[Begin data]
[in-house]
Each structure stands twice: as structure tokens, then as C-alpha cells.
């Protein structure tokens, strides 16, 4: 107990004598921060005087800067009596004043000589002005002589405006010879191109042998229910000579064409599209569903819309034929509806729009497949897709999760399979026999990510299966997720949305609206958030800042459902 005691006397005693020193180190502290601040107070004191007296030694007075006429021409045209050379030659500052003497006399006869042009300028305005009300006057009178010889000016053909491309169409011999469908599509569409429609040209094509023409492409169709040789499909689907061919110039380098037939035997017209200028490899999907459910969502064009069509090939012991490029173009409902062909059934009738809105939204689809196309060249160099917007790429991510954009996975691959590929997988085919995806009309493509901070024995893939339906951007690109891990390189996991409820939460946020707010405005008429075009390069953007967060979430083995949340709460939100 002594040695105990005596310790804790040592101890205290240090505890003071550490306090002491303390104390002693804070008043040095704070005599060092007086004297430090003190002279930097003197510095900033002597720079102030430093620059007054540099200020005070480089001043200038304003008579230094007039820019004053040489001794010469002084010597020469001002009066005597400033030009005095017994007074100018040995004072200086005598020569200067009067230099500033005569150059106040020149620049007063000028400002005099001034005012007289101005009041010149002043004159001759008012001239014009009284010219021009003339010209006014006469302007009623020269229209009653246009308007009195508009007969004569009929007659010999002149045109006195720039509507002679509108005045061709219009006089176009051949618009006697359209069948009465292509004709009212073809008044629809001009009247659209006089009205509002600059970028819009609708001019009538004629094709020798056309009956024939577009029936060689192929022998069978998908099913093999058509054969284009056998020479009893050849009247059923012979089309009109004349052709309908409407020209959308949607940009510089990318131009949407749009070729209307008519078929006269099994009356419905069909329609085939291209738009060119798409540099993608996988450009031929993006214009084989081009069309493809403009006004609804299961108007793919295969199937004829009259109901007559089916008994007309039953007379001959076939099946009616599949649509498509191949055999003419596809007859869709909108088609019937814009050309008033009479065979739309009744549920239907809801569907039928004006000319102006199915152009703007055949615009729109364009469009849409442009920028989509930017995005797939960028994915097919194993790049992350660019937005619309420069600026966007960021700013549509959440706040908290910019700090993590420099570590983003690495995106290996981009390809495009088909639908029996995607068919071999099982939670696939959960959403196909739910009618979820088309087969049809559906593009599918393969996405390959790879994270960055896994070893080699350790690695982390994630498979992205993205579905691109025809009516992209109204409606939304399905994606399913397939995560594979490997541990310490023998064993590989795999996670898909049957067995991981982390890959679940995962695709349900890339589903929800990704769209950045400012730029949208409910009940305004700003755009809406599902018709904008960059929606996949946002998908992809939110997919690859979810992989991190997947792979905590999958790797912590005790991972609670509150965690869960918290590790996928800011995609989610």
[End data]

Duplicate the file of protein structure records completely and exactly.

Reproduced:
[in-house]
Each structure stands twice: as structure tokens, then as C-alpha cells.
């Protein structure tokens, strides 16, 4: 107990004598921060005087800067009596004043000589002005002589405006010879191109042998229910000579064409599209569903819309034929509806729009497949897709999760399979026999990510299966997720949305609206958030800042459902 005691006397005693020193180190502290601040107070004191007296030694007075006429021409045209050379030659500052003497006399006869042009300028305005009300006057009178010889000016053909491309169409011999469908599509569409429609040209094509023409492409169709040789499909689907061919110039380098037939035997017209200028490899999907459910969502064009069509090939012991490029173009409902062909059934009738809105939204689809196309060249160099917007790429991510954009996975691959590929997988085919995806009309493509901070024995893939339906951007690109891990390189996991409820939460946020707010405005008429075009390069953007967060979430083995949340709460939100 002594040695105990005596310790804790040592101890205290240090505890003071550490306090002491303390104390002693804070008043040095704070005599060092007086004297430090003190002279930097003197510095900033002597720079102030430093620059007054540099200020005070480089001043200038304003008579230094007039820019004053040489001794010469002084010597020469001002009066005597400033030009005095017994007074100018040995004072200086005598020569200067009067230099500033005569150059106040020149620049007063000028400002005099001034005012007289101005009041010149002043004159001759008012001239014009009284010219021009003339010209006014006469302007009623020269229209009653246009308007009195508009007969004569009929007659010999002149045109006195720039509507002679509108005045061709219009006089176009051949618009006697359209069948009465292509004709009212073809008044629809001009009247659209006089009205509002600059970028819009609708001019009538004629094709020798056309009956024939577009029936060689192929022998069978998908099913093999058509054969284009056998020479009893050849009247059923012979089309009109004349052709309908409407020209959308949607940009510089990318131009949407749009070729209307008519078929006269099994009356419905069909329609085939291209738009060119798409540099993608996988450009031929993006214009084989081009069309493809403009006004609804299961108007793919295969199937004829009259109901007559089916008994007309039953007379001959076939099946009616599949649509498509191949055999003419596809007859869709909108088609019937814009050309008033009479065979739309009744549920239907809801569907039928004006000319102006199915152009703007055949615009729109364009469009849409442009920028989509930017995005797939960028994915097919194993790049992350660019937005619309420069600026966007960021700013549509959440706040908290910019700090993590420099570590983003690495995106290996981009390809495009088909639908029996995607068919071999099982939670696939959960959403196909739910009618979820088309087969049809559906593009599918393969996405390959790879994270960055896994070893080699350790690695982390994630498979992205993205579905691109025809009516992209109204409606939304399905994606399913397939995560594979490997541990310490023998064993590989795999996670898909049957067995991981982390890959679940995962695709349900890339589903929800990704769209950045400012730029949208409910009940305004700003755009809406599902018709904008960059929606996949946002998908992809939110997919690859979810992989991190997947792979905590999958790797912590005790991972609670509150965690869960918290590790996928800011995609989610």